|CENTER FOR THE STUDY OF MODERN ART|
MAY 11, 6pm
What a Woman Can Do With a Camera: The Art and Work of Frances Benjamin Johnston
Over her long career, photographer Frances Benjamin Johnston (1864-1952) produced a broad array of works. In addition to running a successful portrait studio in Washington, D.C., she worked on projects ranging from a pictorial survey of Washington, D.C. public schools to an extensive study of Southern architecture.
Postdoctoral Fellow in Residence Makeda Best examines the photographer’s early work, writings about photography in conjunction with contemporary art and debates about the role of women in society. She also outlines Johnston’s singular creative vision that combined exploring the distinct rhetorical strategies of photography and the creative possibilities of the social document.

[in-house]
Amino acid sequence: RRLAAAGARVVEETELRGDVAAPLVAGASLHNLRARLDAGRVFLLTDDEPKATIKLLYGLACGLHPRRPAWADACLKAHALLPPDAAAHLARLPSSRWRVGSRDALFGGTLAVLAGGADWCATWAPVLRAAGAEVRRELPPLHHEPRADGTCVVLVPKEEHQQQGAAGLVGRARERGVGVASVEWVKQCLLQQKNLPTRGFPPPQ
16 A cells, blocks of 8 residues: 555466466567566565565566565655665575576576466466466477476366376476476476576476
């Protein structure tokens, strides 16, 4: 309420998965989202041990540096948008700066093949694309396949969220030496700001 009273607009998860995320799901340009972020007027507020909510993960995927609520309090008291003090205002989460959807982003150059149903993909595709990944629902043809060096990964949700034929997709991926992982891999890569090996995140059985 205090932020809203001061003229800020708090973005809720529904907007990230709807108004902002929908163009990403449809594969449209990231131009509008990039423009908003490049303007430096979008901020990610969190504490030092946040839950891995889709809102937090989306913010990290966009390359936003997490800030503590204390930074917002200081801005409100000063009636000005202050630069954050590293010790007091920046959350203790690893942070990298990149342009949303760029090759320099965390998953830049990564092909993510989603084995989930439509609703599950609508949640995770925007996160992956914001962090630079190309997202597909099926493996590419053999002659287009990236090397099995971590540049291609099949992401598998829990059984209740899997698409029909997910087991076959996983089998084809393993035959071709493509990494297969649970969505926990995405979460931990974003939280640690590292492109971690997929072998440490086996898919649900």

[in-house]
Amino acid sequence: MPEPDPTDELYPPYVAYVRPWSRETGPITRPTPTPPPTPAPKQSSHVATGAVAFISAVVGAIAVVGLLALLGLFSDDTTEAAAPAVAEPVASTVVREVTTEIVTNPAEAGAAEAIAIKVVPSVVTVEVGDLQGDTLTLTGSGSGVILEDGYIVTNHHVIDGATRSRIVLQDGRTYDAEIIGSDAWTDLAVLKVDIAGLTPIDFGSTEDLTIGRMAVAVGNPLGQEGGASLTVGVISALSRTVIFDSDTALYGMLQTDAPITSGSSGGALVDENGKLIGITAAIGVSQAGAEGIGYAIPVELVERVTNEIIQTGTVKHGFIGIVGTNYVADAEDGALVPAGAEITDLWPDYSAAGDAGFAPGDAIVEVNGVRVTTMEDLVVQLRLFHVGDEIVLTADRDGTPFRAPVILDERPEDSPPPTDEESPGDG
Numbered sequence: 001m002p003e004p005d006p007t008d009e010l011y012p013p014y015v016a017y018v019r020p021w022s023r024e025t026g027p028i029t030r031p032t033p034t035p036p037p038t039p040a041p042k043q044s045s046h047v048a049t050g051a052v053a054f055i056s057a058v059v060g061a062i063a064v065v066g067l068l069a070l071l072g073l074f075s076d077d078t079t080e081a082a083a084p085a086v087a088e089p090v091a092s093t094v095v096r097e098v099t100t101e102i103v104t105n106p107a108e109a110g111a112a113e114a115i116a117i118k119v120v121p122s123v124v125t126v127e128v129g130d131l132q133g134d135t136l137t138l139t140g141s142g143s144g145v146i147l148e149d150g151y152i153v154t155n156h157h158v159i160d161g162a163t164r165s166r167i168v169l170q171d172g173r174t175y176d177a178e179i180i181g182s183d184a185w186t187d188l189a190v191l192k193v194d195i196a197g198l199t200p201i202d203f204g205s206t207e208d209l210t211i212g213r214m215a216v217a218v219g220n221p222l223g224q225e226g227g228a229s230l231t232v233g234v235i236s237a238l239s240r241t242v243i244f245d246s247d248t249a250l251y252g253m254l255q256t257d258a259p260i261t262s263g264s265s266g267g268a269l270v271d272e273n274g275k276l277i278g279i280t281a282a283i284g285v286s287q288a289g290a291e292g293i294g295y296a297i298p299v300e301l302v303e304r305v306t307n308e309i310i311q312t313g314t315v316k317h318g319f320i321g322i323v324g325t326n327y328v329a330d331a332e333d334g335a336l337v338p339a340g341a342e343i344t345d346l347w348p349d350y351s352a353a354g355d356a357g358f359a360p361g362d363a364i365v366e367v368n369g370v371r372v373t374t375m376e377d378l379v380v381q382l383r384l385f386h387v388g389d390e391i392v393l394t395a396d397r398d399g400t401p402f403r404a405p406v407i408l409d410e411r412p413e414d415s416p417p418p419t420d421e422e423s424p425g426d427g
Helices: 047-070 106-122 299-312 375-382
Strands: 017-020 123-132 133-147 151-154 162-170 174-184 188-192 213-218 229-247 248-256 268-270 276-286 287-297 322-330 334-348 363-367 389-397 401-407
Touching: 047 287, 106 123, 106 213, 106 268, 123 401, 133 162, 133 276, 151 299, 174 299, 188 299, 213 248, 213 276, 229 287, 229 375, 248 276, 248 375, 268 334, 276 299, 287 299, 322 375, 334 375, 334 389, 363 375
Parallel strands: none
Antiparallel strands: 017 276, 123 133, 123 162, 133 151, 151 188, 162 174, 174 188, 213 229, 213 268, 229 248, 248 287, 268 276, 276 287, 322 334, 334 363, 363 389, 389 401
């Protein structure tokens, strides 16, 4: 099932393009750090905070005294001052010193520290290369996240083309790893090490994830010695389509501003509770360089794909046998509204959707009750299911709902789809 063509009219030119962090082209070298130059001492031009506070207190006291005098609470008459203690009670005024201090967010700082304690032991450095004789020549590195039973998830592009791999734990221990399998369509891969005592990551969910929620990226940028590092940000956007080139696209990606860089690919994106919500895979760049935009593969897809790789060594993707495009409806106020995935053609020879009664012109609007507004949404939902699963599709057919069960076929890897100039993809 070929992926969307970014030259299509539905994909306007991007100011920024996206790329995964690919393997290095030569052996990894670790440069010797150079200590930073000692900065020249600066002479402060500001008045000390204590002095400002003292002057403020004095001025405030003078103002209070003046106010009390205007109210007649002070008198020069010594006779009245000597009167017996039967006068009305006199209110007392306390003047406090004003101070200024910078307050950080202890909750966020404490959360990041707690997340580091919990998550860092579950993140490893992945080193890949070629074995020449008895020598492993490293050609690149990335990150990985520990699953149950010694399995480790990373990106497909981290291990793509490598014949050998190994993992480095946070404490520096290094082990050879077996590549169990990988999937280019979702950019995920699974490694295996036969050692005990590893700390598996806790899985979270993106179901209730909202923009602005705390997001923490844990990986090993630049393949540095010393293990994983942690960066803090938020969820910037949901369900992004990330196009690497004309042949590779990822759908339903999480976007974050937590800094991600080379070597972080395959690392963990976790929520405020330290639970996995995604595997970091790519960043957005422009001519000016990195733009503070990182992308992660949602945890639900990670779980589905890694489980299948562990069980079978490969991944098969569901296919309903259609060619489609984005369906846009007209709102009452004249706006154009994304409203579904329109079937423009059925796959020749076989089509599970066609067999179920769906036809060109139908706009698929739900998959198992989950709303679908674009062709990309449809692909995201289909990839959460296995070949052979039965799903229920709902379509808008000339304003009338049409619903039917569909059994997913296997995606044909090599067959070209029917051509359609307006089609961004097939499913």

Postdoctoral Fellowships at the Center for the Study of Modern Art are in partnership with the George Washington University
Image: Frances Benjamin Johnston with camera on balcony of Treasury Building, Washington, D.C., 1888. Photographer Unknown. Library of Congress, LC-USZ62-91952.